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A note on first mover advantage – there is none

image A frequent argument from startups raising venture capital is that they are first to market and want to have sufficient capital to push home their first mover advantage.  There is a ‘window’, so the logic goes, in which it will be easier to be successful.  Such arguments have always sounded a bit dubious to me and yesterday in Steve Blank’s The Four Steps to the Epiphany I read about some research which shows I was right to doubt.  In a 1993 paper Golder and Tellis found that 47% of the market pioneers in their sample of 500 brands in 50 product categories failed.  It is the early market leaders who are more likely to be successful (this group had an 8% failure rate).  And the average time between the launch of the pioneers and early market leaders? – 13 years. 

The time to raise money and go aggressively after a market opportunity is not therefore when there is first mover advantage.  I would argue (along with Blank) that it is rather when the market is ready to take off, as evidenced by good product-market fit and a repeatable sales/customer acquisition model.  Moreover, you don’t need to be the first to market to become the early market leader, much more important is to show up at the right time with the right product and execute well.

Last week Fred Wilson showed some similar thinking about the best time to go aggressively after a market when writing about the merits of fat versus lean startups:

Traction and product market fit are customers or users buying or using your product in droves. It is the realization that you’ve found the sweet spot of the market you were going for …… I have never been involved in a successful software-based web service that raised and spent boatloads of money before it found it’s sweet spot.

In other words it is important to time the market right, not to be the first into it.

And it can be a long time between when a market starts, as evidenced by first sale, and when it takes off.  In the study mentioned above the average was 13 years, since then innovation cycles have shortened since then and I would guess the average has come down, but probably not by that much.  Google was still some way behind Yahoo!, and Facebook was someway behind Myspace, which was itself behind Friendster, and Friendster wasn’t even the first social network.

If you are wondering where the notion of ‘first mover advantage’ came from, it apparently originated in a 1988 business school paper from a Stanford professor called David Montgomery and his partner Marvin Lieberman.  Ten years later they retracted the idea in a retrospective paper, but not before a generation of business school grads had been schooled on the idea and taken it to Silicon Valley as the theoretical underpinning of the ‘get big fast’ strategies of the dotcom era.

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  • http://www.alanodea.com alanodea

    Steve Blank is an inspirational guru to web and game start-ups. We use 4 steps as our bible at the moment.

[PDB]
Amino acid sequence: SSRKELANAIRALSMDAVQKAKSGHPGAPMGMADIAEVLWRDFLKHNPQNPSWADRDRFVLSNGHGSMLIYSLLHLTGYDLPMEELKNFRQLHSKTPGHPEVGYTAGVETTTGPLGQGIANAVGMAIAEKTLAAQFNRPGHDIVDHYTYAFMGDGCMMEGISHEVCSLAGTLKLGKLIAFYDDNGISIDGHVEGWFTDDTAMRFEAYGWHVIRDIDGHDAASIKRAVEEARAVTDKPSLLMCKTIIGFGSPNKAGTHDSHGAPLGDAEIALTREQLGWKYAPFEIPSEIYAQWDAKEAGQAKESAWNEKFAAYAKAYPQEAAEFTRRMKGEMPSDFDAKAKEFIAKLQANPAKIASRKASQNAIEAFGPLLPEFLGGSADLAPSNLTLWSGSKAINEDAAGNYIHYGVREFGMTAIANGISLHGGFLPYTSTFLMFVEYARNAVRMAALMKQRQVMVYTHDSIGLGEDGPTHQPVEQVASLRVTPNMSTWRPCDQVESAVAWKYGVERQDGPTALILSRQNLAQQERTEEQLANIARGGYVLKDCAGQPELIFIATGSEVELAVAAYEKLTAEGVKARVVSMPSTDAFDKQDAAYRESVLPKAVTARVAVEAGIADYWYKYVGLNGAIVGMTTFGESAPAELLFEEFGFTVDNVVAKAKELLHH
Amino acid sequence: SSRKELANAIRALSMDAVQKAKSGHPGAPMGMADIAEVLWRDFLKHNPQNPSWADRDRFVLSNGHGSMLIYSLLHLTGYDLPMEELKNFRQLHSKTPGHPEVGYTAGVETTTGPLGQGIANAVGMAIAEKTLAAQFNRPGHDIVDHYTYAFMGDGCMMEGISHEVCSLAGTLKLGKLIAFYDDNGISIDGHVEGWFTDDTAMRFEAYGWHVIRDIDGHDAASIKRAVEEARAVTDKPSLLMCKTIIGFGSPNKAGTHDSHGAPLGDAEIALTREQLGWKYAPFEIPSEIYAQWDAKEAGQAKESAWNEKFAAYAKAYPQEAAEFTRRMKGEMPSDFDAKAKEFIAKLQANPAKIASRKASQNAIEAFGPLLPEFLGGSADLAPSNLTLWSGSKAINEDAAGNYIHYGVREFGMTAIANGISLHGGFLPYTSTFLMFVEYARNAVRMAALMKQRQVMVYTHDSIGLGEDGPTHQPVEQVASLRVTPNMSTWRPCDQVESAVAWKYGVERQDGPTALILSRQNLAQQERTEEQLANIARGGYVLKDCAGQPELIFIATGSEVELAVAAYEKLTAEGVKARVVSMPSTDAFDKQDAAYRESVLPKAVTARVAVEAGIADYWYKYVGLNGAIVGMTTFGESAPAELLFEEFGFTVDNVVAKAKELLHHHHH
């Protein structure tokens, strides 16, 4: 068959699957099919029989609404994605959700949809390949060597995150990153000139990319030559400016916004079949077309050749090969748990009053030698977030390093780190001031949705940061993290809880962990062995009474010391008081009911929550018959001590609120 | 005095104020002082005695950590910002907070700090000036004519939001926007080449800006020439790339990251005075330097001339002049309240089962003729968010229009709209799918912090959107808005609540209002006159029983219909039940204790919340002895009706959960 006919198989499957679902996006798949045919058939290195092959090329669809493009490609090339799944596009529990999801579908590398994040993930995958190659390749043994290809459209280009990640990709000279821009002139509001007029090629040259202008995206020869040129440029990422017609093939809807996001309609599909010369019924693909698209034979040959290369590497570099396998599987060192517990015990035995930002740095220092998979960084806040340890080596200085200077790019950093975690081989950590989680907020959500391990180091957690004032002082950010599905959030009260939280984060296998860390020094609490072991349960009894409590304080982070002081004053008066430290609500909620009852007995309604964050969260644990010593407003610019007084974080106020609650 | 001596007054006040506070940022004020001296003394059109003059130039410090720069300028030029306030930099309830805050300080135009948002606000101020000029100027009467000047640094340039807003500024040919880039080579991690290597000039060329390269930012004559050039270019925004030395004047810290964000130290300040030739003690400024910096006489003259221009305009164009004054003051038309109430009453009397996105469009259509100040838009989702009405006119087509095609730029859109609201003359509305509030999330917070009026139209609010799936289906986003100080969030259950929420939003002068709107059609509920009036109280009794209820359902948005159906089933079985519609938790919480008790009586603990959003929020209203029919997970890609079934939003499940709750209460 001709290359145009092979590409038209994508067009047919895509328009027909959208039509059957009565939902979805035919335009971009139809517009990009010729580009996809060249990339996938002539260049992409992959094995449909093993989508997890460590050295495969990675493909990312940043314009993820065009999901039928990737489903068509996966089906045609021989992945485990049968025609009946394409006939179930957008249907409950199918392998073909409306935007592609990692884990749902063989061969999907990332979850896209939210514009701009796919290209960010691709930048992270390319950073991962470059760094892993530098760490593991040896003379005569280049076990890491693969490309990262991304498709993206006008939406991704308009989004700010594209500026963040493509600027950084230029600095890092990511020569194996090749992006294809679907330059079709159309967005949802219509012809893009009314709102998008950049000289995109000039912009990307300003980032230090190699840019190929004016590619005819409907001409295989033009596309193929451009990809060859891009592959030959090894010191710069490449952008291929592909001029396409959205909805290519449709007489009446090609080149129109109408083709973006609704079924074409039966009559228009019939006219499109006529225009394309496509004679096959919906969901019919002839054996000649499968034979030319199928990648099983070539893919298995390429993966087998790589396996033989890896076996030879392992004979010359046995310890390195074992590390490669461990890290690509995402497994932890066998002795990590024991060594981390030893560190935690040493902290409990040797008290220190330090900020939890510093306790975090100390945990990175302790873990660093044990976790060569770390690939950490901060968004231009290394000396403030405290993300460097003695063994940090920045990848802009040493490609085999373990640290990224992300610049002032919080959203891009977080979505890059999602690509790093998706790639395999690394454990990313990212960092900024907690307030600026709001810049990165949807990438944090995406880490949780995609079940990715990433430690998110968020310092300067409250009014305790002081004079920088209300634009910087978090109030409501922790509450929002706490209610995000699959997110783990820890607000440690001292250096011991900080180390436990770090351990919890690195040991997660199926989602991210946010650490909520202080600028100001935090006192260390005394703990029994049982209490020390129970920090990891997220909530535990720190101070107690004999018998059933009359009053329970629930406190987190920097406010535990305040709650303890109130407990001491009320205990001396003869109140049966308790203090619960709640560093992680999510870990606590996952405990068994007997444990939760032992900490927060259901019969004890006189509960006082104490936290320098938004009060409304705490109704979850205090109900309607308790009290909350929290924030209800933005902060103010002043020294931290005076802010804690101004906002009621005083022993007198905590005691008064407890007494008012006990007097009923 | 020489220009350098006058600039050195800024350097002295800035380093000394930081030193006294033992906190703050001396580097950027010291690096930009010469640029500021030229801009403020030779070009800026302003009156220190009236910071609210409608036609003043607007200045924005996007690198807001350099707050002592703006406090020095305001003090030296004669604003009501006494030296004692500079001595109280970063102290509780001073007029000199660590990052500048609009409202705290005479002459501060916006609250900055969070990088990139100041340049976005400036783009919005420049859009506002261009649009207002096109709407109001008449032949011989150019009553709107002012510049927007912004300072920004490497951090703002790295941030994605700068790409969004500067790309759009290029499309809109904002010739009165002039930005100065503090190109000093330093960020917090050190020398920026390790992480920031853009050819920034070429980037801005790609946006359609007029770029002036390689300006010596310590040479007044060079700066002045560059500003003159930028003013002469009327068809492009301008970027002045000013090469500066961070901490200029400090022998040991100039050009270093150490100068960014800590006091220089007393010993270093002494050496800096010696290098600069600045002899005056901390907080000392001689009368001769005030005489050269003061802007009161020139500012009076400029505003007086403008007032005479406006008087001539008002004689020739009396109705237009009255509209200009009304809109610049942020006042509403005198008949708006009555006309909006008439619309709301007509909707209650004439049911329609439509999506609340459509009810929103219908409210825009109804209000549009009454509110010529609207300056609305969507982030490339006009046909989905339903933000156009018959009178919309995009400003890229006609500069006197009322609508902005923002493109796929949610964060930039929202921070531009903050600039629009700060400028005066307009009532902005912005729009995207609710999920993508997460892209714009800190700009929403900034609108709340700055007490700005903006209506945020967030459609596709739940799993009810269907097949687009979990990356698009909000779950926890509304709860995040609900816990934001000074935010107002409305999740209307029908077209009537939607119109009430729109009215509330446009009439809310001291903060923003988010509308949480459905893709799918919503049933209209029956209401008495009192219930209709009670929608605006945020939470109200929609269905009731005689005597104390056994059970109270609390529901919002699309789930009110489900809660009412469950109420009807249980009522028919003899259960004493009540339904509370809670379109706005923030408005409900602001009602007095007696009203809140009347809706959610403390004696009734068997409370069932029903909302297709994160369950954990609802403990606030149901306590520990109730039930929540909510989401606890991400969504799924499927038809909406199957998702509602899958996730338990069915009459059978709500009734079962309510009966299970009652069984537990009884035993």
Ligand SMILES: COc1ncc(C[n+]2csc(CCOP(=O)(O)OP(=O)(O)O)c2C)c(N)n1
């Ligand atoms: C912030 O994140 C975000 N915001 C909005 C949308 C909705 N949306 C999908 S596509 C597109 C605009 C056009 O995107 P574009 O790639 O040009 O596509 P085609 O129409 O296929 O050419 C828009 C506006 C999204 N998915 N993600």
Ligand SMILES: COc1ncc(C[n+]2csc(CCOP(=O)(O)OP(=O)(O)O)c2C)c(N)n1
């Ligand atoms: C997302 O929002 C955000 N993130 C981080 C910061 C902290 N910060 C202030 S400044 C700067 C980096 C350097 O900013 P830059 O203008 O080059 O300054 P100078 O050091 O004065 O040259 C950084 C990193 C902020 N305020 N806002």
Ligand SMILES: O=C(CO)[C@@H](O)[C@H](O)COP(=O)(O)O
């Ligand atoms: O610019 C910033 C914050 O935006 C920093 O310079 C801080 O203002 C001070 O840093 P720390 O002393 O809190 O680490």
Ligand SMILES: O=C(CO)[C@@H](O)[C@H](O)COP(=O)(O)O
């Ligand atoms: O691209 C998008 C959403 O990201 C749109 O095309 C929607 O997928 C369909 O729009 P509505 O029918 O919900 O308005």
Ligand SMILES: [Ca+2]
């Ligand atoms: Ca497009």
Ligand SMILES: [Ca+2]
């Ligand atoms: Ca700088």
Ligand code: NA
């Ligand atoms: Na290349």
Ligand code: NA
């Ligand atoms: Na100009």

• http://lmframework.com/blog/about David Semeria

    I think a lot depends on the vertical. For example, Twitter was first to move and executed well. In the broad-based micro blogging vertical its position is pretty much unassailable. I would say first mover advantage is stronger where there are networks effects, but network effects by themselves (MySpace) don't themselves guarantee success.

  • afternoon

    It's amazing that this myth has persisted with so many high-profile counter-examples. Great to see some hard data.

  • http://twitter.com/vcwatch ACM Johnson

    Nic,
    The notion of first mover advantage is enhanced by survivorship bias: Cisco wasn't the first router vendor, Google wasn't the first search engine. If a business can get its early customer base in an existing market, that takes less time/money/burn than trying to make a new market. Saying this from first hand experience ..

  • http://www.digispeaker.com Jon Smirl

    I have a dead startup in my past that was simply too early. We expanded and blew all of our VC because the sales cycle was too hard. About two years latter the market took off, demand had changed and businesses were receptive without expensive selling. Three years after that there were several large exits.

    There is a first mover advantage when natural monopolies are involved, but there are very few natural monopolies like Microsoft.

  • http://www.theequitykicker.com brisbourne

    True – but you also don't want to be too late. Timing is tricky.

  • http://www.theequitykicker.com brisbourne

    Hi David – arguably Twitter is in the blogging market and built on the back of less successful companies like Blogger.

  • http://www.theequitykicker.com brisbourne

    Good to hear. It is a fantastic book.

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  • http://www.moviestorm.co.uk/ Dave Lloyd

    There's an old saying: the pioneers are the ones with the arrows in their backs, better to be a settler. I've seen this born out too many times now…

  • http://www.theequitykicker.com brisbourne

    I like the analogy

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